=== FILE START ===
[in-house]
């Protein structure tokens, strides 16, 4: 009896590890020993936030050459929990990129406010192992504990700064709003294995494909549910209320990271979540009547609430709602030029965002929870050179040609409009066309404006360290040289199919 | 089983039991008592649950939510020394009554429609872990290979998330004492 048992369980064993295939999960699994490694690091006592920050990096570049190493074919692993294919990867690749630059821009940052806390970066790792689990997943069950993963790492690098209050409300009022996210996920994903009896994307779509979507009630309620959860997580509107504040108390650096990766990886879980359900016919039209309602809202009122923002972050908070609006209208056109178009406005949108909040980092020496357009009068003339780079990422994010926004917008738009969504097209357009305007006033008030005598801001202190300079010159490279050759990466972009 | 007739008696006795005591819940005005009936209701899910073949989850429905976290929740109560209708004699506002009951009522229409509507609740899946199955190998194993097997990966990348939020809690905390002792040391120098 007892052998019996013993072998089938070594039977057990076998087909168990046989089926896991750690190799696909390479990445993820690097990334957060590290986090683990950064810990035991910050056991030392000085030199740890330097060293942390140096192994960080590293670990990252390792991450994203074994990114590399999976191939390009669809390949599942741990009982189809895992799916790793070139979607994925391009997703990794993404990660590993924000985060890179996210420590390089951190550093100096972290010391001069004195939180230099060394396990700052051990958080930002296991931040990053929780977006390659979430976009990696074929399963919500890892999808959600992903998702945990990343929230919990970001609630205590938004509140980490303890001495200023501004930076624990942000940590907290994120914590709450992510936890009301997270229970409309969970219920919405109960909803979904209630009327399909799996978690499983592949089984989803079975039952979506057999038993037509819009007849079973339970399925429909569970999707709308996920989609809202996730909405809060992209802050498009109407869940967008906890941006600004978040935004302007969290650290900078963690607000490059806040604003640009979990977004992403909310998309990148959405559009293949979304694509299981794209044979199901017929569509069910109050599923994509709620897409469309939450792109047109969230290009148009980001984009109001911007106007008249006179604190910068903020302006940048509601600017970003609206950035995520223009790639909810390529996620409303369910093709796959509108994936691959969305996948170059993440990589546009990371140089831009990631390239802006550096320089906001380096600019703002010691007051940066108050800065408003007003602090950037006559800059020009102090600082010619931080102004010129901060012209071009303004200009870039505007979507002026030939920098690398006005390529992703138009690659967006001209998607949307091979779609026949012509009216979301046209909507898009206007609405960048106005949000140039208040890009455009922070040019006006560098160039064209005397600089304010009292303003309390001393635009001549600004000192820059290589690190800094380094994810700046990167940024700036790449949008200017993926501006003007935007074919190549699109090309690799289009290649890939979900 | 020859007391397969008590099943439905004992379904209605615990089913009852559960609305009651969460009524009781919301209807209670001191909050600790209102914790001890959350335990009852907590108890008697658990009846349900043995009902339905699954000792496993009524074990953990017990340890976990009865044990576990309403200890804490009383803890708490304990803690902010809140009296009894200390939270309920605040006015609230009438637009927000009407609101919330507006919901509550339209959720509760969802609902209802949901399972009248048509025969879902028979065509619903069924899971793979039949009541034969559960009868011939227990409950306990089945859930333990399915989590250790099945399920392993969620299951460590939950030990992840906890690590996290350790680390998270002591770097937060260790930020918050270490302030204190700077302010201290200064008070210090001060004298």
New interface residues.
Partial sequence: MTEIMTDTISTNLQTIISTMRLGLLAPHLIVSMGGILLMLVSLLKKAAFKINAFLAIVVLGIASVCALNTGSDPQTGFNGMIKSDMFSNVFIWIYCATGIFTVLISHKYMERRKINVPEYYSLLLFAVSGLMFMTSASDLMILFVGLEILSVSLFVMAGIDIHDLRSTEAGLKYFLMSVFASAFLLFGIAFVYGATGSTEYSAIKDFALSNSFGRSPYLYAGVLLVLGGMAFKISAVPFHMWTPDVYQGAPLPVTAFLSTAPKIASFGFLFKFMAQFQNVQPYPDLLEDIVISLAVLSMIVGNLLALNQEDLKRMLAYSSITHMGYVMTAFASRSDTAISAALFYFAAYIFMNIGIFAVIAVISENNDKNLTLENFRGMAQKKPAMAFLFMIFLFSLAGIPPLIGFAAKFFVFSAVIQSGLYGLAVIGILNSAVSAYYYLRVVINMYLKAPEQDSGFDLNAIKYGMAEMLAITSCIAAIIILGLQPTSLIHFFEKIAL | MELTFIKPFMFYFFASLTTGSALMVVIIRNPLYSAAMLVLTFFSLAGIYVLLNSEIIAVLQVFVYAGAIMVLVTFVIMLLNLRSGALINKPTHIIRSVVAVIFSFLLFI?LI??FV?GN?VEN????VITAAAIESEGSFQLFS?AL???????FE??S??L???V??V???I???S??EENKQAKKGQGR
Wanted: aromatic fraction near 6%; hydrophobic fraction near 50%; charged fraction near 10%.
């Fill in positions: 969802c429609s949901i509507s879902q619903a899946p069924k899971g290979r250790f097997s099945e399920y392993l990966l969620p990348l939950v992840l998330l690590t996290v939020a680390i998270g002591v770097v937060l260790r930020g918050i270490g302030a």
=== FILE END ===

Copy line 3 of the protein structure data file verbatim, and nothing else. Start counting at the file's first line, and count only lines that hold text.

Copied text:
New interface residues.